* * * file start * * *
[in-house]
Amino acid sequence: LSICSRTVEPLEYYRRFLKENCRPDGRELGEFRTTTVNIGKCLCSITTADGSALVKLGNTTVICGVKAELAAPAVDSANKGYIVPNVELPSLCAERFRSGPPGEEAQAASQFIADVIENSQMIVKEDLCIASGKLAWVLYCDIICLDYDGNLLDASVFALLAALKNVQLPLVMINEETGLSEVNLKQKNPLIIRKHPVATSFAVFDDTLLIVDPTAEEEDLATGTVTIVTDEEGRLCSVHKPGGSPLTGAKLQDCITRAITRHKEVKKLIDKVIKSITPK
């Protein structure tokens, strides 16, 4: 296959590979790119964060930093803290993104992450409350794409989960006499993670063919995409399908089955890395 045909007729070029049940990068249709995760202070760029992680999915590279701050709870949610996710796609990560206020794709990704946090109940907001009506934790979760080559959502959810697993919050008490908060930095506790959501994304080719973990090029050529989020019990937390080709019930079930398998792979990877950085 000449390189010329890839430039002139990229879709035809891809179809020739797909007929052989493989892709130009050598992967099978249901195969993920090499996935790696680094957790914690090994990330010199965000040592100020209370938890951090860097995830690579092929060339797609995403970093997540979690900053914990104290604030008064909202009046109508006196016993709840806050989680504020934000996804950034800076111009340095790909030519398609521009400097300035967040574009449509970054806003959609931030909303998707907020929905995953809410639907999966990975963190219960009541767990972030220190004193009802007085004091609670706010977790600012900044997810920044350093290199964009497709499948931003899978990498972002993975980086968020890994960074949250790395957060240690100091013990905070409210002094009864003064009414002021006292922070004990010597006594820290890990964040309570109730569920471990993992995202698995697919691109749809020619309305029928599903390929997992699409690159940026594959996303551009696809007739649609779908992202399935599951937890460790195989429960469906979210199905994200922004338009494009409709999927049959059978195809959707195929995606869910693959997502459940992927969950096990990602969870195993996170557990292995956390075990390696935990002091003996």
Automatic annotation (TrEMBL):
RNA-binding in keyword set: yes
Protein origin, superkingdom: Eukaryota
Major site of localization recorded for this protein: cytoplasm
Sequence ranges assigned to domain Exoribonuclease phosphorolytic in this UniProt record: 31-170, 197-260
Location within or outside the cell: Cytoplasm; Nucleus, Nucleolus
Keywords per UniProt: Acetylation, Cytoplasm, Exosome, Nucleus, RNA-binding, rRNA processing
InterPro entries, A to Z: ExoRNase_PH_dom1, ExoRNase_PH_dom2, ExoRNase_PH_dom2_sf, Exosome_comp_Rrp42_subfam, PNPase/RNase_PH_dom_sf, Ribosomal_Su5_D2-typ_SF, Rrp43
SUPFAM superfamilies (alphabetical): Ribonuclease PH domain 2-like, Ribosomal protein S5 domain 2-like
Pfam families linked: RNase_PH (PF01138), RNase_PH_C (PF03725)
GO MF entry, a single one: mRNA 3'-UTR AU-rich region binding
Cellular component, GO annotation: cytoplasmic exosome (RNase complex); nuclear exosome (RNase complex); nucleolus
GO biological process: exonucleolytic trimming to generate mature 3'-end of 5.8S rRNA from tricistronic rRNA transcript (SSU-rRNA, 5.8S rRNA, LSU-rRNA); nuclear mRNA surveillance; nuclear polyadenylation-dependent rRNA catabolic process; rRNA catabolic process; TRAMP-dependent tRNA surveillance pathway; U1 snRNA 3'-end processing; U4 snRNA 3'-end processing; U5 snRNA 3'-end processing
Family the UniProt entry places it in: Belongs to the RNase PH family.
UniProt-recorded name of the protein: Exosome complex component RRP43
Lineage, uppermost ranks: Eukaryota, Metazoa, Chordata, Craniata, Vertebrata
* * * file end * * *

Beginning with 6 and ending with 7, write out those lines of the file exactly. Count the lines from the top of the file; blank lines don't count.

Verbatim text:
Protein origin, superkingdom: Eukaryota
Major site of localization recorded for this protein: cytoplasm